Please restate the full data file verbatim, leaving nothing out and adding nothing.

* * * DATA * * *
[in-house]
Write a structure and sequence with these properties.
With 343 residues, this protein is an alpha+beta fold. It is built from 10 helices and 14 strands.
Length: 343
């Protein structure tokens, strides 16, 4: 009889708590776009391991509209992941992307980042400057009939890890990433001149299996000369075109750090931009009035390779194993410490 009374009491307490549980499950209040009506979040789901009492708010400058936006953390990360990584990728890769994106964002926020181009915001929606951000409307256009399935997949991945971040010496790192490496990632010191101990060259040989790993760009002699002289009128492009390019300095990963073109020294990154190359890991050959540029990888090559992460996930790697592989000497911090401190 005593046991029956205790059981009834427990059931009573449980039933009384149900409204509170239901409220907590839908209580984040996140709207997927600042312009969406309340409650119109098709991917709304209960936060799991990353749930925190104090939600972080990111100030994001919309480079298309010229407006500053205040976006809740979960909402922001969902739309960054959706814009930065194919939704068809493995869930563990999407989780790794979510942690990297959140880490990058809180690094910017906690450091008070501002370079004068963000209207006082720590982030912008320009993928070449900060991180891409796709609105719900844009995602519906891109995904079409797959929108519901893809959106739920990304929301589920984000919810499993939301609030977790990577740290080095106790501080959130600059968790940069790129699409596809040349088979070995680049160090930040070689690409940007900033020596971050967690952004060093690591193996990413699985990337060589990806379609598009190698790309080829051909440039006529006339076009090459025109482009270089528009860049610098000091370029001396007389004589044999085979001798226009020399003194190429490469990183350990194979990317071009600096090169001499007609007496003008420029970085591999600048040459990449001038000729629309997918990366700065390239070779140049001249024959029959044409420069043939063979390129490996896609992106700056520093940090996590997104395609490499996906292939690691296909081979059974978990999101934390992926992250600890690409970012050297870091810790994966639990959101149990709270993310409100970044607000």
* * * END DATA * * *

[in-house]
Write a structure and sequence with these properties.
With 343 residues, this protein is an alpha+beta fold. It is built from 10 helices and 14 strands.
Length: 343
């Protein structure tokens, strides 16, 4: 009889708590776009391991509209992941992307980042400057009939890890990433001149299996000369075109750090931009009035390779194993410490 009374009491307490549980499950209040009506979040789901009492708010400058936006953390990360990584990728890769994106964002926020181009915001929606951000409307256009399935997949991945971040010496790192490496990632010191101990060259040989790993760009002699002289009128492009390019300095990963073109020294990154190359890991050959540029990888090559992460996930790697592989000497911090401190 005593046991029956205790059981009834427990059931009573449980039933009384149900409204509170239901409220907590839908209580984040996140709207997927600042312009969406309340409650119109098709991917709304209960936060799991990353749930925190104090939600972080990111100030994001919309480079298309010229407006500053205040976006809740979960909402922001969902739309960054959706814009930065194919939704068809493995869930563990999407989780790794979510942690990297959140880490990058809180690094910017906690450091008070501002370079004068963000209207006082720590982030912008320009993928070449900060991180891409796709609105719900844009995602519906891109995904079409797959929108519901893809959106739920990304929301589920984000919810499993939301609030977790990577740290080095106790501080959130600059968790940069790129699409596809040349088979070995680049160090930040070689690409940007900033020596971050967690952004060093690591193996990413699985990337060589990806379609598009190698790309080829051909440039006529006339076009090459025109482009270089528009860049610098000091370029001396007389004589044999085979001798226009020399003194190429490469990183350990194979990317071009600096090169001499007609007496003008420029970085591999600048040459990449001038000729629309997918990366700065390239070779140049001249024959029959044409420069043939063979390129490996896609992106700056520093940090996590997104395609490499996906292939690691296909081979059974978990999101934390992926992250600890690409970012050297870091810790994966639990959101149990709270993310409100970044607000």